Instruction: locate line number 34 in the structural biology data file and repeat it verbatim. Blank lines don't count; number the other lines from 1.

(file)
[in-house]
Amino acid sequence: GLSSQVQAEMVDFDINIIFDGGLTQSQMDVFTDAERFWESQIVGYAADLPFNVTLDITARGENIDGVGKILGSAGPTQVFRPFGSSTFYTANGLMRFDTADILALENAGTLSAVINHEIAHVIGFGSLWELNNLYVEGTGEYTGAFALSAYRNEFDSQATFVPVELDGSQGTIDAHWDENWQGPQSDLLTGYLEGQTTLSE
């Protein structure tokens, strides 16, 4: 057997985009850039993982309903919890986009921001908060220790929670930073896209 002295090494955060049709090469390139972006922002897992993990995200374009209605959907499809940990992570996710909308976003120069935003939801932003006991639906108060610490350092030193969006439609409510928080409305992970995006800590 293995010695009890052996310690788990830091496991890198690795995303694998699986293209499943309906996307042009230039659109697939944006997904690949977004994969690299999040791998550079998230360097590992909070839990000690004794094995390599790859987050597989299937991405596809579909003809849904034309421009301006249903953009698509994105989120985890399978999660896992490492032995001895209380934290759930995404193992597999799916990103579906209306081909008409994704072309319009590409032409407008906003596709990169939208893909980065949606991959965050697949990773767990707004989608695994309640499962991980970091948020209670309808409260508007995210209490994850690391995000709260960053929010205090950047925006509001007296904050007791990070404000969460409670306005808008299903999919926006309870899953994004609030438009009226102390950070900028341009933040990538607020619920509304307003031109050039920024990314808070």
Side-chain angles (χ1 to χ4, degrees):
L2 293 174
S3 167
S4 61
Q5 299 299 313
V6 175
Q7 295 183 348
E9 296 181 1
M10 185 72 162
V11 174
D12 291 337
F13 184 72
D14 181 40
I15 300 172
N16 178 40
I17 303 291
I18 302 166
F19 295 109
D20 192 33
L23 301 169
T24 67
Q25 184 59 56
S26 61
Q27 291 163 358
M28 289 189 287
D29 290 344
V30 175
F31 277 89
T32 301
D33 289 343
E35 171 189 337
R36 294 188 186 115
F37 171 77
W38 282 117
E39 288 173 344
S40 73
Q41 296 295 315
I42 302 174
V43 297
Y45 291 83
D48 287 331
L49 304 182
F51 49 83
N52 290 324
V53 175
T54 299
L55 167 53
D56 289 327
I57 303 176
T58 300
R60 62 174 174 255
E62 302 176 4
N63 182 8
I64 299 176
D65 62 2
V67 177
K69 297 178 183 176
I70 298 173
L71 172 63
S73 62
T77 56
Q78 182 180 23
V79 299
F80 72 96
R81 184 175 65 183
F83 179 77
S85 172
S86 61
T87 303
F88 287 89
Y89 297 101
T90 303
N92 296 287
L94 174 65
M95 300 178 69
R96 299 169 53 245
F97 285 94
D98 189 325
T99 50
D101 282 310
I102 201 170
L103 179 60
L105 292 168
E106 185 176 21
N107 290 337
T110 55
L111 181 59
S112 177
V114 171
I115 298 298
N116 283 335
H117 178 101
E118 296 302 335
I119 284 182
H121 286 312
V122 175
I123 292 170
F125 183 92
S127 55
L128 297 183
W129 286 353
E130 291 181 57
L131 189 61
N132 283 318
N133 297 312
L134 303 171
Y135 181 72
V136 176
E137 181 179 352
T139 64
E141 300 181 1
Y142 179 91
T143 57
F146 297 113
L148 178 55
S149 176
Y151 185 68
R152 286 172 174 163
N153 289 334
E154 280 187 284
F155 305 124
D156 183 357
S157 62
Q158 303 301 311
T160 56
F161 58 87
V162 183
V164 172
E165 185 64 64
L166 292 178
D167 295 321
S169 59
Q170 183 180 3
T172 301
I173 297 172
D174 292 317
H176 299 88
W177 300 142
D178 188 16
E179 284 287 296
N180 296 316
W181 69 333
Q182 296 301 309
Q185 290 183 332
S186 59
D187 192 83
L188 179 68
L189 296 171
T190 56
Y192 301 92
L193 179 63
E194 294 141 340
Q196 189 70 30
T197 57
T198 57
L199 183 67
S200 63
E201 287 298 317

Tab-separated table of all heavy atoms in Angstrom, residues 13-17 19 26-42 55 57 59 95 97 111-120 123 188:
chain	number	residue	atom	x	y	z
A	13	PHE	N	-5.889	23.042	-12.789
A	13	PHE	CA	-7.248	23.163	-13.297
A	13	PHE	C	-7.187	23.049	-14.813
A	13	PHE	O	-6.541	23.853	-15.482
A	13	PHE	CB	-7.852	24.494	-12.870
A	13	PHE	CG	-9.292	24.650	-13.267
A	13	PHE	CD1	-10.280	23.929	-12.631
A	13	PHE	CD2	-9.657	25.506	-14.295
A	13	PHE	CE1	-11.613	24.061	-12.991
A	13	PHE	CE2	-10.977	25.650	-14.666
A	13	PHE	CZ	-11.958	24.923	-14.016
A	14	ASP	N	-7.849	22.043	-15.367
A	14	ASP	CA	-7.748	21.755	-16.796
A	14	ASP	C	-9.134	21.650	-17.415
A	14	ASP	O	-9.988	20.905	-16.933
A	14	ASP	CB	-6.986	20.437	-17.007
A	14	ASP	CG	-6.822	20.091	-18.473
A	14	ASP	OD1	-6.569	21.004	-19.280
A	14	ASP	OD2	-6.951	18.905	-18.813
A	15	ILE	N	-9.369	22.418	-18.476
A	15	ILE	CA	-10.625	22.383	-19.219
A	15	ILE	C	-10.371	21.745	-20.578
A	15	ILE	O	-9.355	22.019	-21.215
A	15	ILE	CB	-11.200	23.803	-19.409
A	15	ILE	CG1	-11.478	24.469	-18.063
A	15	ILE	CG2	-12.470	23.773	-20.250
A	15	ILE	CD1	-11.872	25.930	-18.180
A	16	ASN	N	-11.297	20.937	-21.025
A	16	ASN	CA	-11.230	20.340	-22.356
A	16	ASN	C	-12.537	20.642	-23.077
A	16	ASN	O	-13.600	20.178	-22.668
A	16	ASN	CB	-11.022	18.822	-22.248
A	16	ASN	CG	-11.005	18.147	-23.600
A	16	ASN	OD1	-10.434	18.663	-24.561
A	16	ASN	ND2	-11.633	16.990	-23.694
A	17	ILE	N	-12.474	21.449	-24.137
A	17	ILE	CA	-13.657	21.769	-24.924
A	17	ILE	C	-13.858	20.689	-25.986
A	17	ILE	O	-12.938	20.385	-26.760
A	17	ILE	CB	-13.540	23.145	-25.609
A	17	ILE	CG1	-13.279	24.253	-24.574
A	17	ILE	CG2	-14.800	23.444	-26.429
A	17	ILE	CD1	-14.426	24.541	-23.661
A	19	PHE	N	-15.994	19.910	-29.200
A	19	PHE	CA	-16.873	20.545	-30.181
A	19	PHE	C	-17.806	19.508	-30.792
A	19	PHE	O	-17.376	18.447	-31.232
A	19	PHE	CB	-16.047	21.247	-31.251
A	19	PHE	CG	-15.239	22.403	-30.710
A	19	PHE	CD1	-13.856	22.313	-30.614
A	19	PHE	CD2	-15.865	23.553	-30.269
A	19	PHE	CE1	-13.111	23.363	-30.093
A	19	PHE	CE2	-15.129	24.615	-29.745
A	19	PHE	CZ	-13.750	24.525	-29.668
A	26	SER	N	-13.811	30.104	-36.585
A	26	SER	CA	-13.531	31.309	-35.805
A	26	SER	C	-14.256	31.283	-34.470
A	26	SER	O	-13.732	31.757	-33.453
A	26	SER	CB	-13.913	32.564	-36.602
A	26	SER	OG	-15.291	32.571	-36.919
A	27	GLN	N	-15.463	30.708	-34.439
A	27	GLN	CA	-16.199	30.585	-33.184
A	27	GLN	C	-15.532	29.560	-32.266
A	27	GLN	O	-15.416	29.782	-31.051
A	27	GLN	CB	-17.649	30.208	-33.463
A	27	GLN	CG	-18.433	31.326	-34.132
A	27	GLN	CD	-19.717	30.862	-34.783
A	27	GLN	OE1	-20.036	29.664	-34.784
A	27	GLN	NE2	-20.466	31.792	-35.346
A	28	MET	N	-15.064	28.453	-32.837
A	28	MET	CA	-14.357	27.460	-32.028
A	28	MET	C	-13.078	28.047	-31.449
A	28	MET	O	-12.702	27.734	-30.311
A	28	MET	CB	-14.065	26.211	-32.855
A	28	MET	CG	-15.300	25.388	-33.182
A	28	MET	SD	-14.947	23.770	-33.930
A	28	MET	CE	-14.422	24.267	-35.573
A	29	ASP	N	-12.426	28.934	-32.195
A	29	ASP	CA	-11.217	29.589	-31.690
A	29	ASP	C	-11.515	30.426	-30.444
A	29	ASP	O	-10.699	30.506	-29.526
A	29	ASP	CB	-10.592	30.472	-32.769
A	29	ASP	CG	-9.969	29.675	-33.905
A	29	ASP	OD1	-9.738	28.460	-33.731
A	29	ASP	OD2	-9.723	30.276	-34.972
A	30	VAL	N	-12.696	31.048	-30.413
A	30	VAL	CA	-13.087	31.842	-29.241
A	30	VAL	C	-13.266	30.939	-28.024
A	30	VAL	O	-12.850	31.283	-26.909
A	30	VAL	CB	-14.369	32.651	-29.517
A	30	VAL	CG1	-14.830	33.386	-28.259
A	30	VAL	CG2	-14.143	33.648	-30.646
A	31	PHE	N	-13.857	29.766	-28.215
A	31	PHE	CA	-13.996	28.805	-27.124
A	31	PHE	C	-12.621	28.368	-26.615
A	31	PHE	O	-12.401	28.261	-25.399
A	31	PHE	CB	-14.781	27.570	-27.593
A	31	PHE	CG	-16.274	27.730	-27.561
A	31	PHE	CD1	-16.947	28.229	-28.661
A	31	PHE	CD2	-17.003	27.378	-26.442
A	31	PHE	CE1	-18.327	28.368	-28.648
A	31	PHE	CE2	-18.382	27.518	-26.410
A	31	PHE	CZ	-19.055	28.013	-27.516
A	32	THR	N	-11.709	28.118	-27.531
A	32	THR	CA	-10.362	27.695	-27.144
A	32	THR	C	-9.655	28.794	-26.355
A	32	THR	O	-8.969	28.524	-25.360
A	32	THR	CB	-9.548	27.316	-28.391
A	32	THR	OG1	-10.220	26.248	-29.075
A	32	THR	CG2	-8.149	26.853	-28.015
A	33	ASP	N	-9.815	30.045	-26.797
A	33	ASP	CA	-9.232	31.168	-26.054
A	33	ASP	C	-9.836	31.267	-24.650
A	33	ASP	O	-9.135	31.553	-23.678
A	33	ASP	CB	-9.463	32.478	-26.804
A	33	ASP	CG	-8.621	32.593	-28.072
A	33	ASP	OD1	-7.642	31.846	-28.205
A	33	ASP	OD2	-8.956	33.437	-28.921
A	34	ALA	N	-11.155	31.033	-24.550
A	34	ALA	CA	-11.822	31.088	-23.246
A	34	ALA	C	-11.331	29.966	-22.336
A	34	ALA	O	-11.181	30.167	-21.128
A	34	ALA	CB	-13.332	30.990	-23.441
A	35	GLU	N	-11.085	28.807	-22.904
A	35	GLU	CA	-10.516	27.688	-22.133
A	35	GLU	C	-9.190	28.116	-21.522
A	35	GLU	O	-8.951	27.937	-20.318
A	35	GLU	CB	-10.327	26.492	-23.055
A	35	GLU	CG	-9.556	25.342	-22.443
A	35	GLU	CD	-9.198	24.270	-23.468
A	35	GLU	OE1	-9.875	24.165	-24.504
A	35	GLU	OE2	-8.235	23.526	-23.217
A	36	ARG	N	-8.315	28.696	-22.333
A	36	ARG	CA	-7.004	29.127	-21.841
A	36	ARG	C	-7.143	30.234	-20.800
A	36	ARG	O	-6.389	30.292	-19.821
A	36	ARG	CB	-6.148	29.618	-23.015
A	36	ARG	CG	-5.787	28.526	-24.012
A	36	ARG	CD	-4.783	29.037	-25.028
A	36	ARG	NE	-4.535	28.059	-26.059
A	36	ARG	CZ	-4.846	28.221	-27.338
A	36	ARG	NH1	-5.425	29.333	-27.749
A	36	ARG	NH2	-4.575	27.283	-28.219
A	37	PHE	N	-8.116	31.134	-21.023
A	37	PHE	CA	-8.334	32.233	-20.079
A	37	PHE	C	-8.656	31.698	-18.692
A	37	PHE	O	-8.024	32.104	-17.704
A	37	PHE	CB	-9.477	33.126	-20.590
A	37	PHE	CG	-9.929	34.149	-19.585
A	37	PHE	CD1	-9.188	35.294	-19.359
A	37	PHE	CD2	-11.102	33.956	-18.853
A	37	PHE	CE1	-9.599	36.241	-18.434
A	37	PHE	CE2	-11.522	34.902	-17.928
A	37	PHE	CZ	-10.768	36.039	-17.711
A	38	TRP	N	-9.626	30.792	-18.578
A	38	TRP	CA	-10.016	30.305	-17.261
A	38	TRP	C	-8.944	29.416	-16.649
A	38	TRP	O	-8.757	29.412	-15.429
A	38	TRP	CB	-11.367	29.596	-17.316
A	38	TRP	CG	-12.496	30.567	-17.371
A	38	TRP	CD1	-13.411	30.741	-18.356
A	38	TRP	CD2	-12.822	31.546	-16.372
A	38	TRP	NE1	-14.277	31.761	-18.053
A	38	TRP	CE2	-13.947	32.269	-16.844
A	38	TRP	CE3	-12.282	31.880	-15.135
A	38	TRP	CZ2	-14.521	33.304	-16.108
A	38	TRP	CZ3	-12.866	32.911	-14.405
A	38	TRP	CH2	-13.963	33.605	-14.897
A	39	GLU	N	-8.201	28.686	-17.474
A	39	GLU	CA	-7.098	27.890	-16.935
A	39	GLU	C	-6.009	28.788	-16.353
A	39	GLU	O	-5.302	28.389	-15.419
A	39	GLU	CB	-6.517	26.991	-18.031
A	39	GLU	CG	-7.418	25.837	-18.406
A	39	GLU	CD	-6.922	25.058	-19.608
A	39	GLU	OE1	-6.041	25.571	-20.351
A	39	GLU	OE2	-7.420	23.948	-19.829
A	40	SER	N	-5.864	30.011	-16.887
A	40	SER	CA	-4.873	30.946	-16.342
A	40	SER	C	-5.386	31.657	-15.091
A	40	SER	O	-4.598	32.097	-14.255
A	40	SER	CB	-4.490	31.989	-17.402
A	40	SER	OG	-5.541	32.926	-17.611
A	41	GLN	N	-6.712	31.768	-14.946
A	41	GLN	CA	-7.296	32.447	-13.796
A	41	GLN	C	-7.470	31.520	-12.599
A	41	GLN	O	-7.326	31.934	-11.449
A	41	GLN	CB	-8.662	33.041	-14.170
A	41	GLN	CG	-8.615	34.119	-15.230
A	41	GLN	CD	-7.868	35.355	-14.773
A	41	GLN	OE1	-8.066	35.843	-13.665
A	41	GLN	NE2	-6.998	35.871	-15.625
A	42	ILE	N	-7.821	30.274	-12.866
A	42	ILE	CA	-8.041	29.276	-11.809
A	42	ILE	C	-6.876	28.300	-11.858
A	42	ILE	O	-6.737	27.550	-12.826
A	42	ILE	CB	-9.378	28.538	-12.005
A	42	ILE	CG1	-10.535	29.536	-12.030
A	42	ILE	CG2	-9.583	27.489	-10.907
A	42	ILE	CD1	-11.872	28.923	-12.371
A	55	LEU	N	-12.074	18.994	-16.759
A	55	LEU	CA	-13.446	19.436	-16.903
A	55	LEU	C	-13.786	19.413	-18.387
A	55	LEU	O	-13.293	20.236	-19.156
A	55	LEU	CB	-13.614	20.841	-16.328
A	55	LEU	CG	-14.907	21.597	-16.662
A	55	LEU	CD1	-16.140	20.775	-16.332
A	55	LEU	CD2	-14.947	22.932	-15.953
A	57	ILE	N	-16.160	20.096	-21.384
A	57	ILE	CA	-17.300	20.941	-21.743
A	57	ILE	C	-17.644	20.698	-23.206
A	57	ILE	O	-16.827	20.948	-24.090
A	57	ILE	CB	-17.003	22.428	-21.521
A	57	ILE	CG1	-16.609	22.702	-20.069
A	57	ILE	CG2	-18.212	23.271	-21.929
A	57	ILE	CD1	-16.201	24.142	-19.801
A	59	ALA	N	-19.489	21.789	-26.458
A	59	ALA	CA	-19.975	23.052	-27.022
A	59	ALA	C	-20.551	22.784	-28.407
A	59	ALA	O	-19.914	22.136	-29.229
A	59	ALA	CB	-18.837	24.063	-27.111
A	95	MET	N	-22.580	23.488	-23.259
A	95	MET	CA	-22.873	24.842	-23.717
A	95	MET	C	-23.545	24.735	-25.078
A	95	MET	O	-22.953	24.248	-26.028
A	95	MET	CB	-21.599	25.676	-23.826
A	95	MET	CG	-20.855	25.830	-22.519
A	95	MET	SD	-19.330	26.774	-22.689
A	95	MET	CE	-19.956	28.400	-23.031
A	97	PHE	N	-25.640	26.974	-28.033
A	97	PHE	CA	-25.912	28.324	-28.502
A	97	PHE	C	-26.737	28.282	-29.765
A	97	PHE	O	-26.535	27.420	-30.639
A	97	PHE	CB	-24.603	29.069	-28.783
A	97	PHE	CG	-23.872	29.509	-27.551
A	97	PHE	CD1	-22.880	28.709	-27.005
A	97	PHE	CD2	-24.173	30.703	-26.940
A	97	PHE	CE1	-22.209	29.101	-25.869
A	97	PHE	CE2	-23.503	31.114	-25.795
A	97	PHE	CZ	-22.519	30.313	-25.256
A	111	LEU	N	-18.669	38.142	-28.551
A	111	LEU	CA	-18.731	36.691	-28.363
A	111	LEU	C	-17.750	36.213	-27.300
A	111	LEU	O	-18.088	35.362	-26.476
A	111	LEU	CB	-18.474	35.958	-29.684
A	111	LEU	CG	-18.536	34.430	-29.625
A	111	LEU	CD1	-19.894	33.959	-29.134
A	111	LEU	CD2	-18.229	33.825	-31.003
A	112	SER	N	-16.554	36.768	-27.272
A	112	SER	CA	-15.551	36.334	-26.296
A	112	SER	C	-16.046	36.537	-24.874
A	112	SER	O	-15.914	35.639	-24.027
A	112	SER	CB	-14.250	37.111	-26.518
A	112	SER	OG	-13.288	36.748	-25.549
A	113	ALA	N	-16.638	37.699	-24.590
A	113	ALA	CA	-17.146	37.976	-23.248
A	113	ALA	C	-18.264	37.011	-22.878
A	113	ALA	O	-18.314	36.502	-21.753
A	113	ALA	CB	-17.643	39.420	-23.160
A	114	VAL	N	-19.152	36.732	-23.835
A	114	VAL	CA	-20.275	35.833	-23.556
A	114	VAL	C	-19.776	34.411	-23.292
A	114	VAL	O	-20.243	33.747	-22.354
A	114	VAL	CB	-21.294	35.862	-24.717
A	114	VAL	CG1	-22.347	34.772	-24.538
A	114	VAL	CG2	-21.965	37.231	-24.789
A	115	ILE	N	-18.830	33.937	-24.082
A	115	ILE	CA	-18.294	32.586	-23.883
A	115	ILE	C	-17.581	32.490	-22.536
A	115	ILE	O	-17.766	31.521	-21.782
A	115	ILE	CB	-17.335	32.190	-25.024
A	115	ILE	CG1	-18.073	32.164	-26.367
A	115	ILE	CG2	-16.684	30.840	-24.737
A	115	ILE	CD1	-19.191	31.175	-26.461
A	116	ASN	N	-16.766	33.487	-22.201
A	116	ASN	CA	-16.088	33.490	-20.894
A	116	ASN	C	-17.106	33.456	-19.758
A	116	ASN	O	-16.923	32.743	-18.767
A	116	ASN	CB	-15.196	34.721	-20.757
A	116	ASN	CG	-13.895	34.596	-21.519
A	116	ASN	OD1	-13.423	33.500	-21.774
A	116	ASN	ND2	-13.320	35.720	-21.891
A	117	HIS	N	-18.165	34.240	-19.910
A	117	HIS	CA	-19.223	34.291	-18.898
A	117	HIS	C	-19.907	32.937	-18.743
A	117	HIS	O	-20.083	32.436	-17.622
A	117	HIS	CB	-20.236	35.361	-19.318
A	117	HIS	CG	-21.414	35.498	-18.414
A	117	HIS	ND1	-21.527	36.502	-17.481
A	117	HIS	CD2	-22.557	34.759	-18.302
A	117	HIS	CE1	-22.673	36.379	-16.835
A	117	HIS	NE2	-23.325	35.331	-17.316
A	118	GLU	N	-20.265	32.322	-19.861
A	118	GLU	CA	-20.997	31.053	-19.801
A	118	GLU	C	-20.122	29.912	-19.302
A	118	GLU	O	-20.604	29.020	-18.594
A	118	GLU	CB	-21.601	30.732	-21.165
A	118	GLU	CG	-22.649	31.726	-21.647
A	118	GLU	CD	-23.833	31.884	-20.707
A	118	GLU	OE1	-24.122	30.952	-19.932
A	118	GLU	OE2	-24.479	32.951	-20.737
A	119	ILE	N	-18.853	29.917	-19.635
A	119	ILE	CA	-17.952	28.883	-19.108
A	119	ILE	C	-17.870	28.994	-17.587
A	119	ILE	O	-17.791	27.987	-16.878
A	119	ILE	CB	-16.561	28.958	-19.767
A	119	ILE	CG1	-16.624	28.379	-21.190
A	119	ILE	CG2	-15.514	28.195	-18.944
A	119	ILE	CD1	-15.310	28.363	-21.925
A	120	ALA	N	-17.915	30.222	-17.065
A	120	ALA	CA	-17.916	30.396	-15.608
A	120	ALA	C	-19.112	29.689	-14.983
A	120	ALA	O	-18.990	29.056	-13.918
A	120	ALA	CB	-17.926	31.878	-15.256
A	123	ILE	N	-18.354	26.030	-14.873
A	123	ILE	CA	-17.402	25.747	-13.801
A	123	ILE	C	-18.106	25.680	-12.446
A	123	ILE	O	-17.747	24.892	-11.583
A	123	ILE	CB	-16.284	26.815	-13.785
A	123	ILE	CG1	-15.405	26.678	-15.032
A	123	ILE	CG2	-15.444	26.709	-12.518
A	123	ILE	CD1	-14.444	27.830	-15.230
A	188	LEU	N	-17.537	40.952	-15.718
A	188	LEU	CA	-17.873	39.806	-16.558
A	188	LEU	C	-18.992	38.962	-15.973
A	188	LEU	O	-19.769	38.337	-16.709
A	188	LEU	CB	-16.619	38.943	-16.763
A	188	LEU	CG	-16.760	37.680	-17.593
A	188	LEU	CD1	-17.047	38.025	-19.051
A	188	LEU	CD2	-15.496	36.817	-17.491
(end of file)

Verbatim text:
E35 171 189 337